|Publication number||US7323134 B2|
|Application number||US 10/405,509|
|Publication date||Jan 29, 2008|
|Filing date||Apr 2, 2003|
|Priority date||Apr 2, 2003|
|Also published as||US20040195735|
|Publication number||10405509, 405509, US 7323134 B2, US 7323134B2, US-B2-7323134, US7323134 B2, US7323134B2|
|Inventors||J. Dean Latvaitis, Raymond Miller, Steven A. Czekaj, Patrick W. Holmes|
|Original Assignee||Alcoa, Inc.|
|Export Citation||BiBTeX, EndNote, RefMan|
|Patent Citations (10), Referenced by (1), Classifications (22), Legal Events (6)|
|External Links: USPTO, USPTO Assignment, Espacenet|
This invention relates to a mandrel and its use in the process of forming unsintered inert anodes used in metal electrolysis processes.
A number of metals including aluminum, lead, magnesium, zinc, zirconium, titanium, and silicon can be produced by electrolysis processes. Each of these electrolytic processes preferably employs an electrode having a hollow interior.
One example of an electrolysis process for metal production is the well-known Hall-Heroult process producing aluminum in which alumina disso fluoride bath is electrolyzed at temperatures of about 960° C.-1000° C. As generally practiced today, the process relies upon carbon as an anode to reduce alumina to molten aluminum. Despite the common usage of carbon as an electrode material in practicing the process, there are a number of serious disadvantages to its use, and so, attempts are being made to replace them with inert anode electrodes made of for example a ceramic or metal-ceramic “cermet” material.
Ceramic and cermet electrodes are inert non-consumable and dimensionally stable under cell operating conditions. Replacement of carbon anodes with inert anodes allows a highly productive cell design to be utilized, thereby reducing costs. Significant environmental benefits are achievable because inert electrodes produce essentially no CO2 or fluorocarbon or hydrocarbon emissions. Some examples of inert anode compositions are found in U.S. Pat. Nos. 4,374,761; 5,279,715; and 6,126,799, all assigned to Alcoa Inc.
Although ceramic and cermet electrodes are capable of producing aluminum having an acceptably low impurity content, they are relatively expensive. Also, to save costs most have a hollow interior into which a conductor rod is sintered/sealed in place. These inert anodes are molded, extruded, or preferably isostatically pressed usually at about 30,000 psi around a mandrel, to provide an unsintered green anode, which must be subsequently fired to sinter it. In order to fire it the anode must be placed upside down on a sintering tray. This provides a variety of problems.
In the past, a solid cylindrical mandrel and accompanying flexible mold were used to consolidate ceramic/cermet material into a hollow anode shape through isostatic pressing. After pressing, the mandrel was removed from the anode shape and the shape removed from the mold. The unfired green part was then gripped by a variety of devices and placed upside down (hollow side down) on a firing tray for sintering. After sintering in a kiln, the assembly of an anode was completed. This concept required the use of multiple handling devices.
Sacrificial, extruded, metal anodes have been made with threaded ends machined into their top exterior for insertion into hot water heaters as taught in U.S. Pat. No. 5,728,275 (Twigg). Here, the anode itself is a metal more electropositive than a metal surface to be protected. What is needed here is a metal mandrel for forming ceramic or ceramic metal electrodes where the mandrel is easily inserted, removed and performs multiple functions to allow ease of producing the electrode. It is a main object to provide a new mandrel system and inexpensive process for forming green inert anodes. One example of an inert anode assembly for an aluminum smelting cell is shown in FIG. 3 of U.S. Patent Application Publication 2001/0035344 A1 (D'Astolfo Jr. et al.) where cup shaped anodes are used.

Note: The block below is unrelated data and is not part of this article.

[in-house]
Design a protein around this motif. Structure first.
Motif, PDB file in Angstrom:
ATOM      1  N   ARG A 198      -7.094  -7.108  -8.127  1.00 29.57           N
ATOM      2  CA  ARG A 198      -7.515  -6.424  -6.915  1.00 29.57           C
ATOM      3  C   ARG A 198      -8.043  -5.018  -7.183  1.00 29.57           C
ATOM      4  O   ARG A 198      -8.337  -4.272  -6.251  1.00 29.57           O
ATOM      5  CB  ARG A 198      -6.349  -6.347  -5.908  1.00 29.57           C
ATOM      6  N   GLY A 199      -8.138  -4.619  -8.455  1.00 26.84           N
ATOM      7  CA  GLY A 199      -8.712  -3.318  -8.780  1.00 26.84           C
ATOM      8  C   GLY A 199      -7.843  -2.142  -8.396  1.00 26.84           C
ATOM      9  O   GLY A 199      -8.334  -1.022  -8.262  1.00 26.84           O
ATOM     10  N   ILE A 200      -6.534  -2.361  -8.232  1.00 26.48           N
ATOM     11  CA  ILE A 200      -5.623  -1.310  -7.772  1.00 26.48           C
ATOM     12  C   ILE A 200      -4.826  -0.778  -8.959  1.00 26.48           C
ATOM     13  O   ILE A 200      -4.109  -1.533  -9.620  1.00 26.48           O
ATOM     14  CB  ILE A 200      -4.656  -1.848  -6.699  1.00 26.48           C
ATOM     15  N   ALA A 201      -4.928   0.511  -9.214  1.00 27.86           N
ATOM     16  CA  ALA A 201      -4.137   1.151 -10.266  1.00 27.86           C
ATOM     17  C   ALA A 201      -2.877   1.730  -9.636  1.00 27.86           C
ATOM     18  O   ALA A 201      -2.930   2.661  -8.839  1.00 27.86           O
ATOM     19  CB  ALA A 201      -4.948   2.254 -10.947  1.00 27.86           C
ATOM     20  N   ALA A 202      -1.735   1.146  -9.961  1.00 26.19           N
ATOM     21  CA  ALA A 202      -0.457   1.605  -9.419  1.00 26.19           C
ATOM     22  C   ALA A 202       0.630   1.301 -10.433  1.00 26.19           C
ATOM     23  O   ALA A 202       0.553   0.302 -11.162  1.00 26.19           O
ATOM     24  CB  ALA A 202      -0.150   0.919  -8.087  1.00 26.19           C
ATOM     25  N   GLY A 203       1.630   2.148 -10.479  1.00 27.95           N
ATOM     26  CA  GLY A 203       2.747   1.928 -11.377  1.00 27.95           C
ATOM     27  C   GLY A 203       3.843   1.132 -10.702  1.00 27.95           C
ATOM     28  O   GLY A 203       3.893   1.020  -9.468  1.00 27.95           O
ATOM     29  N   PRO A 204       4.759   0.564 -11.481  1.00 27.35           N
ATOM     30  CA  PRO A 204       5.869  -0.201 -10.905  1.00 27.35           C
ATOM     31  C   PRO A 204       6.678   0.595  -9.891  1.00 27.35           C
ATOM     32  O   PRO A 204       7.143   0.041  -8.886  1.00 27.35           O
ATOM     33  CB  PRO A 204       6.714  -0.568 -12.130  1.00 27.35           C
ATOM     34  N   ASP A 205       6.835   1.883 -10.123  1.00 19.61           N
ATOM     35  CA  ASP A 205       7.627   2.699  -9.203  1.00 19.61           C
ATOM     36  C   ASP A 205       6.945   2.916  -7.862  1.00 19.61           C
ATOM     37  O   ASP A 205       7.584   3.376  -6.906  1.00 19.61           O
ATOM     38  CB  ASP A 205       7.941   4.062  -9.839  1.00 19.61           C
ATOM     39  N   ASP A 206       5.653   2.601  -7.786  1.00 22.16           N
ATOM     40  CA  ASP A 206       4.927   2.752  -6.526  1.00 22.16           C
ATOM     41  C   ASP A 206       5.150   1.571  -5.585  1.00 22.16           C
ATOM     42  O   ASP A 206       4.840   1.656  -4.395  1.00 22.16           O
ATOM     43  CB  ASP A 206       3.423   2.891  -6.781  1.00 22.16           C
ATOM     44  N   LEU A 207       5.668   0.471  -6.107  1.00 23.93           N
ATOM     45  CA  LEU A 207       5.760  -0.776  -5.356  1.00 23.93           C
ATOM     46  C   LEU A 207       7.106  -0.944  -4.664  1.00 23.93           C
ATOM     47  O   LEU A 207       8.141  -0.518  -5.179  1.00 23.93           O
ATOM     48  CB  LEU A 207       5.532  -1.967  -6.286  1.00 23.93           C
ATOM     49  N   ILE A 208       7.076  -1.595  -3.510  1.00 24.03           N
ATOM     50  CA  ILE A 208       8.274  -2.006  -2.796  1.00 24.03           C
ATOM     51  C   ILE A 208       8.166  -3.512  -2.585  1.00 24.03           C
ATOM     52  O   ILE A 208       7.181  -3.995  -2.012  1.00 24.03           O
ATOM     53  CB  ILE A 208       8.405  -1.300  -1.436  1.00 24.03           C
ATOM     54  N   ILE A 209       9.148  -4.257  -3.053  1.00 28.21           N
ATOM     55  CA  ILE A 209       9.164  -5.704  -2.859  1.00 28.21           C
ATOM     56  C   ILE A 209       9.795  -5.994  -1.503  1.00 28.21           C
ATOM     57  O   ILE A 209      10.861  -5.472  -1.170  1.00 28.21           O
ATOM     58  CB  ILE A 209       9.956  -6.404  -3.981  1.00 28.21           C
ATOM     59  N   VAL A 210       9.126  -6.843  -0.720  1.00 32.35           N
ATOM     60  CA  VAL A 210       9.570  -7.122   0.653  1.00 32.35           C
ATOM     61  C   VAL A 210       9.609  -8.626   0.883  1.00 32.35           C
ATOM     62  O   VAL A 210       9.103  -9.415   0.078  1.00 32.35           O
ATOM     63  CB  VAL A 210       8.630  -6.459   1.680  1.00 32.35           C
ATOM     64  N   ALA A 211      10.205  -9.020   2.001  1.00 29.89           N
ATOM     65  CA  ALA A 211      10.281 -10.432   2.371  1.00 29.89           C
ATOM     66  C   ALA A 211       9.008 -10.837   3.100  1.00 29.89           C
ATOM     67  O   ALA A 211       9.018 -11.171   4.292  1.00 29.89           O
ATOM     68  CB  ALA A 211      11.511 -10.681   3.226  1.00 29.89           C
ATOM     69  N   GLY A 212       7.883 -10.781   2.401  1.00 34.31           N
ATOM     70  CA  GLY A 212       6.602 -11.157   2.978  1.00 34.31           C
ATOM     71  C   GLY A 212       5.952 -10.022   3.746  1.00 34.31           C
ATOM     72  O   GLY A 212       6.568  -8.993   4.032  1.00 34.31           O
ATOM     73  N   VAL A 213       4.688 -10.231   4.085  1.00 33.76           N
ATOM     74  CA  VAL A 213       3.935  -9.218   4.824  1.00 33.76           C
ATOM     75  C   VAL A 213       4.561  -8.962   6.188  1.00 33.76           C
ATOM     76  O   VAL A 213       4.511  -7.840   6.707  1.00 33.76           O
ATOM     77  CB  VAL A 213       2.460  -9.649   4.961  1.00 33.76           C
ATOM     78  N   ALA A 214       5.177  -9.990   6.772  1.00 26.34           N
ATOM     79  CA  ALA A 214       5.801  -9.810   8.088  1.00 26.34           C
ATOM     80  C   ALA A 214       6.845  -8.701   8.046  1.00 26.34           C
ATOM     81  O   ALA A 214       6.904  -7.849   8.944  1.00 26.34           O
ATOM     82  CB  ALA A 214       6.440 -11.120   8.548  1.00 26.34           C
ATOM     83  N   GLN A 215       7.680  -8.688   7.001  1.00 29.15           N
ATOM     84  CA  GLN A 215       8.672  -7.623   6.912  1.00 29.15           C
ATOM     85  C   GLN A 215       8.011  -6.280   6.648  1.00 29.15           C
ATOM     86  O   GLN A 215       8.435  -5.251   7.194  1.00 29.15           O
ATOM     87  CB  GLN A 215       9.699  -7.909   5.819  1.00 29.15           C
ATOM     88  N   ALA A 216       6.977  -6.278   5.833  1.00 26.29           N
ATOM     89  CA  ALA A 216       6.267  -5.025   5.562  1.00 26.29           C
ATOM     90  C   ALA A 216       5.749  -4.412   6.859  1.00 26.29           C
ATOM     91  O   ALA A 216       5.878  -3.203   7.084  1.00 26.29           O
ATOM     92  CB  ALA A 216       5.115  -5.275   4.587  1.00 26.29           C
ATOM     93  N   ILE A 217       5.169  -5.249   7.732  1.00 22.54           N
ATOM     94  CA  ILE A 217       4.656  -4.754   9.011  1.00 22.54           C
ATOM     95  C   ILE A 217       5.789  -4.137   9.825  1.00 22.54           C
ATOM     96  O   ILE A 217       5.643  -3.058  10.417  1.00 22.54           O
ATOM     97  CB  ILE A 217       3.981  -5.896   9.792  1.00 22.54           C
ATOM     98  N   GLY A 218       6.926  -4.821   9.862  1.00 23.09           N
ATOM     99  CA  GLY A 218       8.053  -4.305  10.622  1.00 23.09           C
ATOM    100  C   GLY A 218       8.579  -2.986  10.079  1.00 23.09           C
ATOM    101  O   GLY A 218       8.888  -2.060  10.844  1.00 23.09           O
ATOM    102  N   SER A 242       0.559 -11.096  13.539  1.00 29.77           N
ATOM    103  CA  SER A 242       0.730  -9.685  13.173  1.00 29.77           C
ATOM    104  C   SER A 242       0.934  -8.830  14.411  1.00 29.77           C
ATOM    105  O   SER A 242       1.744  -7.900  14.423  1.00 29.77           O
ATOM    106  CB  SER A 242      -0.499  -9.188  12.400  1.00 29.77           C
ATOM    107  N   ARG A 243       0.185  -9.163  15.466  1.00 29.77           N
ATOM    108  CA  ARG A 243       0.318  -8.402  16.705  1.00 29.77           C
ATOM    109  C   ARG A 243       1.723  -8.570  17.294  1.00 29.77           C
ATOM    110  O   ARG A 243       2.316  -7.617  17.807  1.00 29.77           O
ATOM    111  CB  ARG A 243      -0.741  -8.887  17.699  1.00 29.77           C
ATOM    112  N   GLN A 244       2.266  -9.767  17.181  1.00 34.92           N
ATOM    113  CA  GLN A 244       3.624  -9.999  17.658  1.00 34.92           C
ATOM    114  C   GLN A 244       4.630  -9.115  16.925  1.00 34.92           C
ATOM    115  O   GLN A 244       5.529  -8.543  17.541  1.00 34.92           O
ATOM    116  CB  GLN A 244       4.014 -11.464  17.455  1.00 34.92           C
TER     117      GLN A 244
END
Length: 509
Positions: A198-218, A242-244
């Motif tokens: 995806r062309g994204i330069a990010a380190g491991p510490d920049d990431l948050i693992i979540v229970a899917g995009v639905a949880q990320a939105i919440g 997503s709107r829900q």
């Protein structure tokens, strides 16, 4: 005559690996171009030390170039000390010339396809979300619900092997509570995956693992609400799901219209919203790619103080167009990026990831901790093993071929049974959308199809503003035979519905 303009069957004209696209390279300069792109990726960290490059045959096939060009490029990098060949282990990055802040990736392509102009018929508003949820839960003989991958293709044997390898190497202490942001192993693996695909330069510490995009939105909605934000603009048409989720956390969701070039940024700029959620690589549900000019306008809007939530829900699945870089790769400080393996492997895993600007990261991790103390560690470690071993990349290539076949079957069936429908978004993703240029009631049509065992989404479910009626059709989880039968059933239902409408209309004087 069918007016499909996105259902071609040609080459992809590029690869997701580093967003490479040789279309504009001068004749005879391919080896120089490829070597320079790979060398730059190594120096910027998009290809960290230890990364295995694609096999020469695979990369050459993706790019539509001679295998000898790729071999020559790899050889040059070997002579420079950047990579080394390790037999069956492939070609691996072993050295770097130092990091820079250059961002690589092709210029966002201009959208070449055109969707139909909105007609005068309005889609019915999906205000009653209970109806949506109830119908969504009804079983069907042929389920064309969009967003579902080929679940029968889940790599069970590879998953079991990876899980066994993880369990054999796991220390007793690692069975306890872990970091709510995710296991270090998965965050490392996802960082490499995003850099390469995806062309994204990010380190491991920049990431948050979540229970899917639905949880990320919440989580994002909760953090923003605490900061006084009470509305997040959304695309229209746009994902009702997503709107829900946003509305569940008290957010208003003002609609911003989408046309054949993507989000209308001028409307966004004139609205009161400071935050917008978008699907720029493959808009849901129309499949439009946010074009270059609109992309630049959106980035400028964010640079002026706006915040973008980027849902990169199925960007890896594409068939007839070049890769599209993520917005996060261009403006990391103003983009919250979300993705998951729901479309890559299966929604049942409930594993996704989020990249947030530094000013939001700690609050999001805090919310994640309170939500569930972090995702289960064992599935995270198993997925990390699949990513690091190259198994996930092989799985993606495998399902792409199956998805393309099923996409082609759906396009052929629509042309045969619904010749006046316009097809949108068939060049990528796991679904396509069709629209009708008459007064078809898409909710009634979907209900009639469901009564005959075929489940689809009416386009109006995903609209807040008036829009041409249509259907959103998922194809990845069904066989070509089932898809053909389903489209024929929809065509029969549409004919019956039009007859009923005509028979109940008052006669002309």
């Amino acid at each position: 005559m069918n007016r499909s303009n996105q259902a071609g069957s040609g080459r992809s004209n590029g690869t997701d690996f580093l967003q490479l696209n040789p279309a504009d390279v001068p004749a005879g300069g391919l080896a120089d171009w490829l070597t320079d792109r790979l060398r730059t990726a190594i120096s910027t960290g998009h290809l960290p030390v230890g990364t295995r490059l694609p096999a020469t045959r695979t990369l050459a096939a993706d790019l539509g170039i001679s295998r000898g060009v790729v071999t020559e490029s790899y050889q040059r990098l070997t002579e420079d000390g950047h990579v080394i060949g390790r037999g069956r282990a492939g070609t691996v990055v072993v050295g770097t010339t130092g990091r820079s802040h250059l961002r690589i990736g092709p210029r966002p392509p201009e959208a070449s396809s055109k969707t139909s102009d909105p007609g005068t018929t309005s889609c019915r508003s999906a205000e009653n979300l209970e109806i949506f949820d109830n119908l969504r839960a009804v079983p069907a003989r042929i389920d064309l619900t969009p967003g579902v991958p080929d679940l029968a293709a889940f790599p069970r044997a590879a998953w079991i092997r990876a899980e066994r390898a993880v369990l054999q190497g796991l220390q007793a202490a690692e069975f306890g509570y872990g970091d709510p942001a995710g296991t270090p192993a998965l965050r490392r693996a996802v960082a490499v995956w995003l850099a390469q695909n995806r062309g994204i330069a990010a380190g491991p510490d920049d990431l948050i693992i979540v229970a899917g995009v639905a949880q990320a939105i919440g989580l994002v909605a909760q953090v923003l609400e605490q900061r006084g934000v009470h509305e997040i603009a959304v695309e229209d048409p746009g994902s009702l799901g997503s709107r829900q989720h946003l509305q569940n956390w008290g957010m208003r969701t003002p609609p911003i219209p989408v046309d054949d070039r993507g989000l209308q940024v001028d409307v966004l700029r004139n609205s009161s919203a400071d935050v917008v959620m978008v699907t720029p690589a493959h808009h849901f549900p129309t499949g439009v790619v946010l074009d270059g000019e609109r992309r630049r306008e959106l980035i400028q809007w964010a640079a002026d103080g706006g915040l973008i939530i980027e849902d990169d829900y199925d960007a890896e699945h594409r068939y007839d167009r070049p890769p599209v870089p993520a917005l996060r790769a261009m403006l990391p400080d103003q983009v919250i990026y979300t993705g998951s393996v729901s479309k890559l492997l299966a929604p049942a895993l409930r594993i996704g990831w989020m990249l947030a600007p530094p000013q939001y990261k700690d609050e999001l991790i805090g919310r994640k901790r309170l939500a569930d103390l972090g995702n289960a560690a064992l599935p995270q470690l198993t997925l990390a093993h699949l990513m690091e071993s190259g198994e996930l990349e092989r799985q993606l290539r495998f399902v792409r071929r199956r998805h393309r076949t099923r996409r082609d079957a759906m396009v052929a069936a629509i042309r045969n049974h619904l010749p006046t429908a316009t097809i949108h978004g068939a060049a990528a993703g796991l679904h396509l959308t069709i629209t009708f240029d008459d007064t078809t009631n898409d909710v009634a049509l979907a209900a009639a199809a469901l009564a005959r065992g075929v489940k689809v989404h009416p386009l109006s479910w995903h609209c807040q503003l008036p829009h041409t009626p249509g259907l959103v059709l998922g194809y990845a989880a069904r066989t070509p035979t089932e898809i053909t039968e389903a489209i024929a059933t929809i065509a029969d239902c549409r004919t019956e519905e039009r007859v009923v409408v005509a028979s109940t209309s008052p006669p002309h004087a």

The above needs are met and object attained by providing a method of forming and firing an inert anode part comprising the steps: (a) providing a compressible hollow inert anode shaped mold having a closed bottom and an opening at the top; (b) inserting a metal mandrel into the center of the hollow inert anode shaped mold and adding compressible powder, selected from the group consisting of ceramic, cermet, metal, and mixtures thereof, into the hollow between the mandrel and the mold, so that the powder surrounds and contacts the bottom and sides of the outside of the mandrel and the inside of the mold, where the mandrel has raised male threads located around its top outside diameter near the opening of the inert anode shaped mold and a top exterior portion not contacting the powder; (c) compressing the powder and inert anode shaped mold causing the powder to compress against the mandrel to form recessed female grooves in the powder, matching the mandrel male threads and engaging the compressed powder to the mandrel forming an inert anode part; and then (d) vertically withdrawing the mandrel and engaged compressed powder inert anode part so that both are removed from the mold, and then (e) gripping the outside diameter of the compressed powder inert anode part and rotating the metal mandrel to unscrew the metal mandrel from the compressed powder inert anode part. The resulting female threads in the compressed powder inert anode part support downstream assembly requirements and eliminate the needs for any machining of the former interior annular groove. While still in the external gripping device, the inert anode part is inverted upside down (hollow side down) and placed on a firing substrate such as a setter tray in a heat source for firing to sinter it. The entire operation is performed at one production center, the inert anode part is manipulated with fewer handling devices, and no ceramic/cermet waste material is generated. The process is simple, less expensive, with a much higher production rate.